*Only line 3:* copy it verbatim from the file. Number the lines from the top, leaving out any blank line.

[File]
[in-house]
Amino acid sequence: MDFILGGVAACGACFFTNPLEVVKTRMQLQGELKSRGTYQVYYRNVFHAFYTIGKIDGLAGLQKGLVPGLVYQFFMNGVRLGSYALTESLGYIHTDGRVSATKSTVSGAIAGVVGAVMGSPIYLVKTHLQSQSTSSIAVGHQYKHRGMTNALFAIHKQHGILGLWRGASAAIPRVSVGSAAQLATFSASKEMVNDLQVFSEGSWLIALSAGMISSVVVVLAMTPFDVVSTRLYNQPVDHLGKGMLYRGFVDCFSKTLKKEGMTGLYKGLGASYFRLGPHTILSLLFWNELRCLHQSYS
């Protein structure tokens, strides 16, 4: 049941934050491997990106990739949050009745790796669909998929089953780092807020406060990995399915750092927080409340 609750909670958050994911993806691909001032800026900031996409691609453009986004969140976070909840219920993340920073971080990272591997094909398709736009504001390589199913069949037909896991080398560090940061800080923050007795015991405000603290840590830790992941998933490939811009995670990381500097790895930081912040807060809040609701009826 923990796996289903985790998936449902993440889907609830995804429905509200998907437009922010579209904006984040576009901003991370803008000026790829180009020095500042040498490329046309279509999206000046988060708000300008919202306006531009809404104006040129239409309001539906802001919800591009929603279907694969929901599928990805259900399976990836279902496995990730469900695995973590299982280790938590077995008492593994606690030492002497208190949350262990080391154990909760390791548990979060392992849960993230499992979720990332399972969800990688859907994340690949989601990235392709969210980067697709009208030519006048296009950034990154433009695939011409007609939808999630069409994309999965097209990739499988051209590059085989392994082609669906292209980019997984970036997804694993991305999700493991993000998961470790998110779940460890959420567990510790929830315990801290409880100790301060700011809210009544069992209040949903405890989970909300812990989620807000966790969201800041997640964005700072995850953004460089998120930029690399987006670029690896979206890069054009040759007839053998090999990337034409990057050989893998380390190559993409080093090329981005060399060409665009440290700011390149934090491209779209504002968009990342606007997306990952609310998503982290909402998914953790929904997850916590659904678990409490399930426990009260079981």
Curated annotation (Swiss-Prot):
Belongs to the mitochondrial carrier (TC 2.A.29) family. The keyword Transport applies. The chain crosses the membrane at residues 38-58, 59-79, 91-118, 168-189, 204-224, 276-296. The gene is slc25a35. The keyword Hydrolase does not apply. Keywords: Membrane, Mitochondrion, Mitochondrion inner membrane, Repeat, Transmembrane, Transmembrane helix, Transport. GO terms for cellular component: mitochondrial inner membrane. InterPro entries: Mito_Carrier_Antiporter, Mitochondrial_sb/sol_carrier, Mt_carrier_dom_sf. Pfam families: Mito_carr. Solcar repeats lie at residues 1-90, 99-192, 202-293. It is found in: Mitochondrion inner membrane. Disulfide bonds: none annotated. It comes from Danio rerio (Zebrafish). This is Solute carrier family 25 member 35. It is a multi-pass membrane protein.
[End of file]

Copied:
């Protein structure tokens, strides 16, 4: 049941934050491997990106990739949050009745790796669909998929089953780092807020406060990995399915750092927080409340 609750909670958050994911993806691909001032800026900031996409691609453009986004969140976070909840219920993340920073971080990272591997094909398709736009504001390589199913069949037909896991080398560090940061800080923050007795015991405000603290840590830790992941998933490939811009995670990381500097790895930081912040807060809040609701009826 923990796996289903985790998936449902993440889907609830995804429905509200998907437009922010579209904006984040576009901003991370803008000026790829180009020095500042040498490329046309279509999206000046988060708000300008919202306006531009809404104006040129239409309001539906802001919800591009929603279907694969929901599928990805259900399976990836279902496995990730469900695995973590299982280790938590077995008492593994606690030492002497208190949350262990080391154990909760390791548990979060392992849960993230499992979720990332399972969800990688859907994340690949989601990235392709969210980067697709009208030519006048296009950034990154433009695939011409007609939808999630069409994309999965097209990739499988051209590059085989392994082609669906292209980019997984970036997804694993991305999700493991993000998961470790998110779940460890959420567990510790929830315990801290409880100790301060700011809210009544069992209040949903405890989970909300812990989620807000966790969201800041997640964005700072995850953004460089998120930029690399987006670029690896979206890069054009040759007839053998090999990337034409990057050989893998380390190559993409080093090329981005060399060409665009440290700011390149934090491209779209504002968009990342606007997306990952609310998503982290909402998914953790929904997850916590659904678990409490399930426990009260079981």